H2reacted with strong reactive oxygen/nitrogen species including hydroxyl radical and peroxinitrite (ONOO-) in cell-free reactions and protected cultured cells depending upon the decrease of hydroxyl radicals (OH) [1]. Subsequent and recent experiments including ours indicated that a small amount of hydrogen is also effective against various stimuli [8, 9]. When model animals consumed H2by drinking water with dissolved H2, a small amount of H2was extensively effective [1012]; however, it may be difficult to explain that direct reduction of OH by a very small amount of H2reveals all the functions of H2, because the saturated level of H2is only 0.8 mM and the dwelling time of OH is very short in the body [11, 13]. In fact, drinking 0.04 or 0.08 mM H2was shown to be effective [14, 15]. Although we have recently shown that H2can be accumulated with hepatic glycogen, it is unlikely that the amount of H2is sufficient to exhibit all of its functions [15].

Moreover, H2regulated various gene expressions; however, there is no evidence that H2directly reacts with factors involved in transcriptional regulation including FGF21 [15], inflammatory cytokines [11], HMGB1 [16], and HO-1 [17]. It remains unclear whether such regulations are the cause or consequence of the effects against oxidative stress. Moreover, the primary molecular target of H2remains unknown.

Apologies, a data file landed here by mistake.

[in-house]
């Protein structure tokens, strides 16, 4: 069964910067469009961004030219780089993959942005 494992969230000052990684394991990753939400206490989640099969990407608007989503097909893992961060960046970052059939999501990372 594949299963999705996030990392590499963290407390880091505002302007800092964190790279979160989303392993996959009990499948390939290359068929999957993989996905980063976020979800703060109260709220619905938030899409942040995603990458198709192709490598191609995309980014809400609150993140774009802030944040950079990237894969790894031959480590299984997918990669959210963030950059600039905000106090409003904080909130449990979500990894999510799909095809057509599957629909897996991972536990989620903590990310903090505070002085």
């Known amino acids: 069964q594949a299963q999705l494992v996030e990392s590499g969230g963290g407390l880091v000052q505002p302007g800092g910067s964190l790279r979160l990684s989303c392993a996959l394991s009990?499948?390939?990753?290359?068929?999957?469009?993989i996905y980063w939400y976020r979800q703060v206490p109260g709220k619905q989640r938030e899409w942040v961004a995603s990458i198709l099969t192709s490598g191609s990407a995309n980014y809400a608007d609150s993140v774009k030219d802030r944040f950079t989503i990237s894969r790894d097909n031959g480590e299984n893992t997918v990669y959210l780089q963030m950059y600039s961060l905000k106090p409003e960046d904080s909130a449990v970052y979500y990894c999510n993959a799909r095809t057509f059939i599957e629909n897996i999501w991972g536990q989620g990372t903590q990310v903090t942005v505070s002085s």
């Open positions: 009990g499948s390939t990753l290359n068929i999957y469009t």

ONOO-is produced by the rapid reaction of nitric monoxide (NO•)with superoxide anion radicals (O2-) [18, 19]. We have shown that H2reduces ONOO-as well as OH [1]. Different from OH, ONOO-has a longer lifespan and the potential to regulate gene expression through nitration of target proteins [20, 21]. Thus, we hypothesized that one of the H2functions is caused by reducing cellular ONOO-.

Here, to verify this hypothesis, we examined protective and regulatory effects of H2on NO•-derived oxidative stress to chondrocytes. We found that H2protected chondrocytes from oxidative stress, and alternated gene expressions, contrary to the manner of transcriptional regulation by ONOO-. This study implies that at least one of the H2functions is responsible for the reduction of ONOO-.


Cartilage slice culture

A fresh hindlimb of a slaughtered male seven-month-old pig was purchased from Tokyo Shibaura Organ Co., Ltd. (Minato-ku, Tokyo, Japan). There were no possible contaminant diseases. Cartilage from the healthy porcine hindlimb (metatarsophalangeal joint) was cut into pieces for culture (2 mm width × 7 mm length × full thickness) as described previously [22]. Male Sprague-Dawley rats of 10 weeks of age were purchased from Nippon SLC (Hamamatsu, Shizuoka, Japan). Cartilage from the meniscus of a rat was also sliced into pieces (full width × full length × 0.5 mm thickness) for culture. Since the meniscus structure is not uniform and the peripheral part contains fewer chondrocytes, we used slices prepared from the middle part of the meniscus.